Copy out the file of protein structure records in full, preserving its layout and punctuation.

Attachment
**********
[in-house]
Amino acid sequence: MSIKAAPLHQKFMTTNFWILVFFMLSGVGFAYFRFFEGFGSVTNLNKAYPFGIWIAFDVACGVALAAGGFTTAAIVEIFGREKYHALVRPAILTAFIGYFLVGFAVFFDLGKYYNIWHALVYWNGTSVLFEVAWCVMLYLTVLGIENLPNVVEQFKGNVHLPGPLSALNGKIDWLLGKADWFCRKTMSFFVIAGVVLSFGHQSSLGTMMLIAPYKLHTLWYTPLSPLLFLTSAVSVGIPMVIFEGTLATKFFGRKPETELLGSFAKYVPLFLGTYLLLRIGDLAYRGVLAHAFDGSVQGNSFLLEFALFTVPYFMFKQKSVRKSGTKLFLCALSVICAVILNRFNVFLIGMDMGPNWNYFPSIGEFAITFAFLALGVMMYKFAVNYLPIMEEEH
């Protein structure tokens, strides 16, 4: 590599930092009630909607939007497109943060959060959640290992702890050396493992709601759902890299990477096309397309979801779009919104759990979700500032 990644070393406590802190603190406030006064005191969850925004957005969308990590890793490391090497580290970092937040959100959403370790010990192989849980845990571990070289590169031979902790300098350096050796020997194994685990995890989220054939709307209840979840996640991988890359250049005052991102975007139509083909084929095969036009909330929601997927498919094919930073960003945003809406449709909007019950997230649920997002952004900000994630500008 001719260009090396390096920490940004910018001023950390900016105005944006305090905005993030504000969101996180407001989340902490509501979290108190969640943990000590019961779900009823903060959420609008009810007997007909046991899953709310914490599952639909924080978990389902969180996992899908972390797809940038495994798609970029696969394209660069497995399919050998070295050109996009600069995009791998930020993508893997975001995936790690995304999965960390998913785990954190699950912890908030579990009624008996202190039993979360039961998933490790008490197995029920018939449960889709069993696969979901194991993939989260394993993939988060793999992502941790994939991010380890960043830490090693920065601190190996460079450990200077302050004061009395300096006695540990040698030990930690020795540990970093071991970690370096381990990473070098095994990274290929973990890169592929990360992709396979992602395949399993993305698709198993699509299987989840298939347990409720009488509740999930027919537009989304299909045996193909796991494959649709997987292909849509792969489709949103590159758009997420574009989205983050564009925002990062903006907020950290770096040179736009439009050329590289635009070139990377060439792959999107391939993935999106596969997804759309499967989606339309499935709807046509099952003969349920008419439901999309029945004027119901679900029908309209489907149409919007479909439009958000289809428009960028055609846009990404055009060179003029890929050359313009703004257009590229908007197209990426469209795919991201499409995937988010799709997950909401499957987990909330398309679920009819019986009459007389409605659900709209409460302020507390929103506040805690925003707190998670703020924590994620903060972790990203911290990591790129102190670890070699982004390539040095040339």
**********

[in-house]
Amino acid sequence: MSIKAAPLHQKFMTTNFWILVFFMLSGVGFAYFRFFEGFGSVTNLNKAYPFGIWIAFDVACGVALAAGGFTTAAIVEIFGREKYHALVRPAILTAFIGYFLVGFAVFFDLGKYYNIWHALVYWNGTSVLFEVAWCVMLYLTVLGIENLPNVVEQFKGNVHLPGPLSALNGKIDWLLGKADWFCRKTMSFFVIAGVVLSFGHQSSLGTMMLIAPYKLHTLWYTPLSPLLFLTSAVSVGIPMVIFEGTLATKFFGRKPETELLGSFAKYVPLFLGTYLLLRIGDLAYRGVLAHAFDGSVQGNSFLLEFALFTVPYFMFKQKSVRKSGTKLFLCALSVICAVILNRFNVFLIGMDMGPNWNYFPSIGEFAITFAFLALGVMMYKFAVNYLPIMEEEH
């Protein structure tokens, strides 16, 4: 590599930092009630909607939007497109943060959060959640290992702890050396493992709601759902890299990477096309397309979801779009919104759990979700500032 990644070393406590802190603190406030006064005191969850925004957005969308990590890793490391090497580290970092937040959100959403370790010990192989849980845990571990070289590169031979902790300098350096050796020997194994685990995890989220054939709307209840979840996640991988890359250049005052991102975007139509083909084929095969036009909330929601997927498919094919930073960003945003809406449709909007019950997230649920997002952004900000994630500008 001719260009090396390096920490940004910018001023950390900016105005944006305090905005993030504000969101996180407001989340902490509501979290108190969640943990000590019961779900009823903060959420609008009810007997007909046991899953709310914490599952639909924080978990389902969180996992899908972390797809940038495994798609970029696969394209660069497995399919050998070295050109996009600069995009791998930020993508893997975001995936790690995304999965960390998913785990954190699950912890908030579990009624008996202190039993979360039961998933490790008490197995029920018939449960889709069993696969979901194991993939989260394993993939988060793999992502941790994939991010380890960043830490090693920065601190190996460079450990200077302050004061009395300096006695540990040698030990930690020795540990970093071991970690370096381990990473070098095994990274290929973990890169592929990360992709396979992602395949399993993305698709198993699509299987989840298939347990409720009488509740999930027919537009989304299909045996193909796991494959649709997987292909849509792969489709949103590159758009997420574009989205983050564009925002990062903006907020950290770096040179736009439009050329590289635009070139990377060439792959999107391939993935999106596969997804759309499967989606339309499935709807046509099952003969349920008419439901999309029945004027119901679900029908309209489907149409919007479909439009958000289809428009960028055609846009990404055009060179003029890929050359313009703004257009590229908007197209990426469209795919991201499409995937988010799709997950909401499957987990909330398309679920009819019986009459007389409605659900709209409460302020507390929103506040805690925003707190998670703020924590994620903060972790990203911290990591790129102190670890070699982004390539040095040339």